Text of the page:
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Frijoles Canyon Hike

Frijoles CanyonFrijoles Canyon Trail - Bandelier National Monument New Mexico
Anyone who visits Santa Fe, New Mexico will want to visit Bandelier National Monument about an hour distant from the city via St. Francis Drive, also known as Highway 84/285 that goes to Los Alamos. Take St. Francis Drive/Highway 84/285 past Pojoaque and merge right onto New Mexico Highway 502 to Los Alamos.

Once on 502 continue on towards Los Alamos and keep an eye out for an opportunity to bear right and exit onto New Mexico 4 for 12 miles towards and passing White Rock. Once past White Rock the entrance to Bandelier National Monument is on the left. There is a fee for entrance which is $6.00 per day for a single vehicle, $12.00 for a seven-day pass or $30.00 for an annual pass to the monument.

For travel directions from Taos, Los Alamos or Albuquerque check the National Park Service website.

Frijoles CanyonFrijoles Canyon Trail, also known as the Main Loop has usually been the most popular hike in Bandelier National Monument - becoming rather crowded in summer. Although only 1.2 miles long there is an abundance to see along the way - like a large kiva, followed by the main ruins situated on the valley floor (Tyuonyi).

The trail then climbs slightly to the base of the cliffs on the north side of the canyon where the ancient cliff dwellings can be seen up close. These ruins extend for a third of a mile and include several rooms that may be entered, via ladders.

The rest of the loop is finished by crossing Frijoles Creek and returning through a wooded area on the far side. Another option is to hike another half mile further on upstream to Alcove House, a bit larger dwelling situated in a high alcove.

The beginning of the Main Loop starts at the visitor center and winds through the trees close to the creek. The first of the ruins have been partly rebuilt - the 40-foot wide Big Kiva, and in the middle of a grassy clearing, the two-storied Tyuonyi Pueblo. Like the kiva, the village has been excavated and partially restored - a site which once had over 400 rooms on two levels and occupied by over 600 people.

Frijoles CanyonThe Main Loop heads right past the pueblo to the base of the cliffs where the cave dwellings are found. These were built into the soft volcanic soil cliffs by enlarging hundreds of natural cavities. The first group of ruins are centered on Talus House, which is a rebuilt dwelling at the base of the cliffs.

The other cave dwellings are known collectively as Long House that once was a large four story structure. Some of the alcoves have painted walls and pictographs - one has been protected behind a plastic screen. Other locations have petroglyphs, but all rather faint.

The return part of the trail has many more cliff houses that are clearly visible along the canyon walls beyond the end of this section of the loop, but off-trail hiking is not allowed. (*note: personal pets are not allowed in the park)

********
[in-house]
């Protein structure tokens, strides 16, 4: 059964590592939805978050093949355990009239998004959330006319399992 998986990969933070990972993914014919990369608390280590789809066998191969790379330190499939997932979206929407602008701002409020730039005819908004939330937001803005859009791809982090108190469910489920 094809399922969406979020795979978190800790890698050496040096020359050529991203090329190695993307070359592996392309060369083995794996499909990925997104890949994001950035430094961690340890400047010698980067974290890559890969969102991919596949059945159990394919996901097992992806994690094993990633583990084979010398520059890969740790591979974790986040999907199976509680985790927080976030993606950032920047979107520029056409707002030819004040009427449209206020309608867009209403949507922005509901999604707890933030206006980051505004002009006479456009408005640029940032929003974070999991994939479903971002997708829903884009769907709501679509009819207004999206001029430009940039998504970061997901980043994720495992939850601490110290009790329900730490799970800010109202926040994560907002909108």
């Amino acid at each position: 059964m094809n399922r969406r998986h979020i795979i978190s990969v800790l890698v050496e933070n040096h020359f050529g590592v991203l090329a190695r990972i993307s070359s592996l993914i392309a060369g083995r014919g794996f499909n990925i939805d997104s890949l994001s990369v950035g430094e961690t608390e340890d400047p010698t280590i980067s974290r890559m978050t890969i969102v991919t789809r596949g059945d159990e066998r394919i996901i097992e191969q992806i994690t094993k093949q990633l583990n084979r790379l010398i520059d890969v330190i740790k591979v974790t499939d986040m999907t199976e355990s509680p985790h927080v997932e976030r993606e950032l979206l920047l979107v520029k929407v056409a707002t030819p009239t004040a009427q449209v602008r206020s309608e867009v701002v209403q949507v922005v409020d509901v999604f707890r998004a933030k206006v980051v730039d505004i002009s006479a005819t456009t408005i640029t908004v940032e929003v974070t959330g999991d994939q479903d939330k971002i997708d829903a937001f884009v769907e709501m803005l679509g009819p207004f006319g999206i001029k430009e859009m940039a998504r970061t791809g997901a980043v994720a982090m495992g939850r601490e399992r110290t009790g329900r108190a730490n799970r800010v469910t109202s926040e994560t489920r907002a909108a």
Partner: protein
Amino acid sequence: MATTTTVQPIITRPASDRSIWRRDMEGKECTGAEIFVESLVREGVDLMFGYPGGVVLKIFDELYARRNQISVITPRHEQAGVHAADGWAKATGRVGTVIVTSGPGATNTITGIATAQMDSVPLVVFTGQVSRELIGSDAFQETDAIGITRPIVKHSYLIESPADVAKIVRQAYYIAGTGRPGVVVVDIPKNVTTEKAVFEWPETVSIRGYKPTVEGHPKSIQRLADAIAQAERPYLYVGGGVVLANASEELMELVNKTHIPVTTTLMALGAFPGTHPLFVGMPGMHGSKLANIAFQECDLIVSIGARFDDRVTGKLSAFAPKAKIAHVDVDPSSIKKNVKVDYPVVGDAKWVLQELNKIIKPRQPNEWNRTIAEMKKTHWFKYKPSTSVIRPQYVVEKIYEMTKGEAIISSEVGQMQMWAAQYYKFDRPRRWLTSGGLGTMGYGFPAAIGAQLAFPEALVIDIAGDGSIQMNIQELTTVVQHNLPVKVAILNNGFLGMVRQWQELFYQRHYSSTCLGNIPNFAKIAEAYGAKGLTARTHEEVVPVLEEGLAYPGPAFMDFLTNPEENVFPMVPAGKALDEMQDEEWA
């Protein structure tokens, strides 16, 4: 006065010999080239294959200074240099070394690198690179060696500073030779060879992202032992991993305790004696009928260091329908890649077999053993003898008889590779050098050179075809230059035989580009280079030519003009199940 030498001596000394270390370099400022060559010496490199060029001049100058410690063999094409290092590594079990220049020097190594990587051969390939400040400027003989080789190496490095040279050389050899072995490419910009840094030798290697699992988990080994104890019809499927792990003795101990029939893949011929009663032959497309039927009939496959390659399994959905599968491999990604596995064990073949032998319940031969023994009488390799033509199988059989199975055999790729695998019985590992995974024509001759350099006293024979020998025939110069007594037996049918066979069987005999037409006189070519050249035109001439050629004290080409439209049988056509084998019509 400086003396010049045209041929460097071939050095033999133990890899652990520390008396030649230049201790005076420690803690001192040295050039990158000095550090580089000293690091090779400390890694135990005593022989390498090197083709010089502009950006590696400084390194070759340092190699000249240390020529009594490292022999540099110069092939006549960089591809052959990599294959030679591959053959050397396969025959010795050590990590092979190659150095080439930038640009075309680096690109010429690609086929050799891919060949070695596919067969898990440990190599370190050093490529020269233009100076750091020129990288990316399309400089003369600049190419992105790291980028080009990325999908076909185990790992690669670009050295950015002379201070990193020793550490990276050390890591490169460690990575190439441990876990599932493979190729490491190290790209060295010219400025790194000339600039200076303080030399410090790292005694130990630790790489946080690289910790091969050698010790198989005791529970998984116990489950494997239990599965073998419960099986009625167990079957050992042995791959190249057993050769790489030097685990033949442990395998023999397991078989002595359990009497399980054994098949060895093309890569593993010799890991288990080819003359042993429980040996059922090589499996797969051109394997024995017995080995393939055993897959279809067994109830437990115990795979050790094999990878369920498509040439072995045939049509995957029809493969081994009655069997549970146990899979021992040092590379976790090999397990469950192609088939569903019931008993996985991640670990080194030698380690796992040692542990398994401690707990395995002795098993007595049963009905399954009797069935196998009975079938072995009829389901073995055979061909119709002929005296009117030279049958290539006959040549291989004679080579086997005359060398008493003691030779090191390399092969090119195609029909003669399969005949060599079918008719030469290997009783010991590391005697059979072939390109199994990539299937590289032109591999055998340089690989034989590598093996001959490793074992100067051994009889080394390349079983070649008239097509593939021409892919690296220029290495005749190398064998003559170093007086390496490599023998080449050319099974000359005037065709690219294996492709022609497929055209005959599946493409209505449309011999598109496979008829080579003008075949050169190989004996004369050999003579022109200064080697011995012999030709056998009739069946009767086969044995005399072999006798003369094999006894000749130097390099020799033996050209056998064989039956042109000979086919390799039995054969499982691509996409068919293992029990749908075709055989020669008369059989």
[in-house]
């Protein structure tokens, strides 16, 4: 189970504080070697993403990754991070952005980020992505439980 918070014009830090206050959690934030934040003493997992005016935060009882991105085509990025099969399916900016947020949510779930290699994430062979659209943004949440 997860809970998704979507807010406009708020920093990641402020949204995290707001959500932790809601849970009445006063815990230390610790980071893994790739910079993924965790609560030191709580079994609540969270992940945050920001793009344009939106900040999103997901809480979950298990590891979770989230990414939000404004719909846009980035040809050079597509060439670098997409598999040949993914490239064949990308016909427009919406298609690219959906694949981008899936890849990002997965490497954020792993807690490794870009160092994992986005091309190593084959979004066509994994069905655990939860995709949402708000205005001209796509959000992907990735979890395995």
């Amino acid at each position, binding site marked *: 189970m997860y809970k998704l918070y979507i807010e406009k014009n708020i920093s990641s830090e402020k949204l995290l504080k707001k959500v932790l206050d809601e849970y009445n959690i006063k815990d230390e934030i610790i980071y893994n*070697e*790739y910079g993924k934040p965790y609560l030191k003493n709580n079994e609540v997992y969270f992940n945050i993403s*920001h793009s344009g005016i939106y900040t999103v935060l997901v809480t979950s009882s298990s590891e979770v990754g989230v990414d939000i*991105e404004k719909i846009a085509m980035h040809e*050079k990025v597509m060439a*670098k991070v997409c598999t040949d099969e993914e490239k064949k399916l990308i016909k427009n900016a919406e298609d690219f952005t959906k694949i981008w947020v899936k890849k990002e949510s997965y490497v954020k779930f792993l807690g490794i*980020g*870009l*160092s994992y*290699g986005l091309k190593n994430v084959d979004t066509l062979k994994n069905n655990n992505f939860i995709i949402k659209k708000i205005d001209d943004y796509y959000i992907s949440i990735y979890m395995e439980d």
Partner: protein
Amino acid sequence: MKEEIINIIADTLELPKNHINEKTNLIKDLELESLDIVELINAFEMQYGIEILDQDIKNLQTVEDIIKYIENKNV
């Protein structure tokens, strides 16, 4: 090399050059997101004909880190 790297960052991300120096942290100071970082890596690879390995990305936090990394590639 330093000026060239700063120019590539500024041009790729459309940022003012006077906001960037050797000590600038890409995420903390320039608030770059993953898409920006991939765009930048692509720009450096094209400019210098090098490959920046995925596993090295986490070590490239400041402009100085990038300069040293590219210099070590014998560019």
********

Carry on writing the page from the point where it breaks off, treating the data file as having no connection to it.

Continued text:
From there the loop crosses Frijoles Creek to the south side of the canyon and brings hikers back to the visitor center. The hike is finished on a bridge over the creek which leads to the parking lot. Another point of interest is the site of the Ranch of the 10 Elders, the first homestead to be built in the canyon back in 1907.

Frijoles CanyonAlthough nothing remains of the dwelling as the lodge was torn down in the 1930s and replaced by the current building near the visitor center. Both had been inhabited by the early settlers, Evelyn and George Frey. Even though George passed away, Evelyn lived there until 1988.

Other trails and paths exist in abundance in Bandelier National Monument. Unfortunately, although still quite spectacular, the Bandelier backcountry was heavily damaged by the Las Conchas Fire in 2011. This fire burned more than 60% of the park and in the massive flooding that occurred in all the park canyons following the fire, many trails were destroyed.

The Park staff worked hard at making repairs, but recurring flooding made their efforts difficult. Most of the old landmarks are gone and some of the trails are very difficult to follow with shade much less available than in the past.

It is important to always check at the visitor center for current conditions before hiking in Bandelier National Monument.

Frijoles CanyonStill, within Bandelier National Monuments 33,000 acres there are over 70 miles of trail. Some trails are short easy loops with others often encompassing many miles of steep rocky switchbacks. There are even two trails designated for cross-country skiing during the winter.

Some of the longer trails often involve hiking more than 10 miles round-trip. Wilderness permits are available at the visitor center for overnight stays in the park, but water is not readily available on most backcountry trails. Always check at the visitor center for more detailed information. Pets are not permitted on any park trails.

For more information you can contact the Visitor Center at 505-672-3861 ext. 517 or Trails Program Manager at ext. 345.

If you visit Bandelier please report any trail problems to Trails Program Manager at the above telephone number.

Trail status can be found on the National Park Service website.


Bandelier National Monument, New Mexico


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